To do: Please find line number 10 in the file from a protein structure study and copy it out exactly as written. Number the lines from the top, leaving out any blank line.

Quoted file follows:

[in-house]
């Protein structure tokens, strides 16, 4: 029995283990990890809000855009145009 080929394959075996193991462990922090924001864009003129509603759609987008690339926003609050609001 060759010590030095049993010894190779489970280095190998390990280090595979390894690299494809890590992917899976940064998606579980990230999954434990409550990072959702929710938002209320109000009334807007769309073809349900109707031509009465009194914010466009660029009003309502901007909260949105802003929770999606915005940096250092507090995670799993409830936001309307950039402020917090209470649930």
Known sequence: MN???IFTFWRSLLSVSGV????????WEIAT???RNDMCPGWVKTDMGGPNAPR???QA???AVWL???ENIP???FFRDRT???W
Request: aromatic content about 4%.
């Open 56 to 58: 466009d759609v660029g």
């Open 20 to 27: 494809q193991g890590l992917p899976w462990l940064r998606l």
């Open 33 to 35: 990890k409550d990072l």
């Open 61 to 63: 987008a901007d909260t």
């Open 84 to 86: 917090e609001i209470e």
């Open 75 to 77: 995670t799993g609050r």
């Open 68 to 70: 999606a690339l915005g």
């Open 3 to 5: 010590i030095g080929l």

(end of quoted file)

């Open 75 to 77: 995670t799993g609050r």